A three day power outage from a February 2014 ice storm was endurable...with some special intervention.

But that is another story for another time.

« Last Edit: September 09, 2020, 11:01:00 PM by J. Thomas Shelley »
Greek Orthodox-Ecumenical Patriarchate

Baptized, Confirmed, and Ordained United Methodist.
Served as a Lutheran Pastor October 31, 1989 - October 31, 2014.
Charter member of the first chapter of the Society of the Holy Trinity.

Chrismated Antiochian Orthodox, eve of Mary of Egypt Sunday, A.D. 2015

John_Hannah

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Re: California Dreamin'
« Reply #2 on: September 10, 2020, 02:27:00 PM »
We've just survived our first PSPS (Public Safety Power Shutoff) of the season--and actually, we had the good fortune to be out of town during the two or three last year, so this was our very first. 20 hours without electricity--and also without internet, a problem apparently caused by the power outage since they both came back at the same time. A few months back we joined an increasing number of neighbors in buying a portable generator, so we actually did have power, at least partial power (most of the essentials, but no air conditioning, laundry, and dishwasher; oh, and hot tub) for the hours that we ran the generator (about 8 a.m. through 9 p.m., with a pause for refueling midday). We were kind of dreading the no air conditioning, with a forecast of triple digit heat, but fortunately that didn't turn out to be the case. i think yesterday it may have hit 90, but today was cooler.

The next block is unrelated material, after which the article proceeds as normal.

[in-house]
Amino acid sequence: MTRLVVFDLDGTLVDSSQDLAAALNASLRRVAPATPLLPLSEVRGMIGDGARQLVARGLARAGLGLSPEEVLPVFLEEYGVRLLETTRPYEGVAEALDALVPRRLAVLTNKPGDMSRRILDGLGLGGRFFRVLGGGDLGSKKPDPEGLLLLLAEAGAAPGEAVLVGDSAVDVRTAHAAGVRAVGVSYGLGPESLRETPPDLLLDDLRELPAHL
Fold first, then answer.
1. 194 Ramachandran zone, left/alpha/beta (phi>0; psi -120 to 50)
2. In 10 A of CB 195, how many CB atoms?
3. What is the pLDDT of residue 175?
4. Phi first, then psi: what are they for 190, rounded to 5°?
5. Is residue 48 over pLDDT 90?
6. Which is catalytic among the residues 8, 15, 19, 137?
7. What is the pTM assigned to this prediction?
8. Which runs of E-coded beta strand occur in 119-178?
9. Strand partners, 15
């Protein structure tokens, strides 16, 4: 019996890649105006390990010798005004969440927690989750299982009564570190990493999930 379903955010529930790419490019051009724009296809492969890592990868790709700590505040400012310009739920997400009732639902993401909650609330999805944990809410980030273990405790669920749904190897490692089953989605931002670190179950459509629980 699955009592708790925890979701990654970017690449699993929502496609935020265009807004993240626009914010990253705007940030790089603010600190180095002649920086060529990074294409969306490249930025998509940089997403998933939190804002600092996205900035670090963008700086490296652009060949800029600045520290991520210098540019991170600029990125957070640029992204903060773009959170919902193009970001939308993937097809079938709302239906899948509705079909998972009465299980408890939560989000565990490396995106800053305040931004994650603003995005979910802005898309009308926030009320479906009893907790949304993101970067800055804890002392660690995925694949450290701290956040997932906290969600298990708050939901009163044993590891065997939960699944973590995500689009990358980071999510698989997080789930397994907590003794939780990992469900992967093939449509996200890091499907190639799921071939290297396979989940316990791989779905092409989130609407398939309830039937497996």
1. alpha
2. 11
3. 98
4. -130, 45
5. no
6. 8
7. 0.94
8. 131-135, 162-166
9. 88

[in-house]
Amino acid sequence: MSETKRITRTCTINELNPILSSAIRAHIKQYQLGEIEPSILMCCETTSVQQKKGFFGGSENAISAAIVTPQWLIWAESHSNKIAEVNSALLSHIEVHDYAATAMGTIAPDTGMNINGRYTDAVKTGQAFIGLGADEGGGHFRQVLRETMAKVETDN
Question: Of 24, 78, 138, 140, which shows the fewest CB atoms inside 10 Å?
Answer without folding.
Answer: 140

The cooler temps, though, in part because of the thick smoke cover from the various fires burning round about. The closest significant one to us is perhaps 100 miles away, and the smoke has been massive. Fortunately it is mostly high in the sky, so there isn't much of a smell of smoke, and the air quality has generally been rated "unhealthy for sensitive groups"; I'm still willing to take our morning walk at that level, though for a couple of days last week it was into the stronger "unhealthy" category and my wife wouldn't let me walk ("you're older than I and you have asthma," she scolded).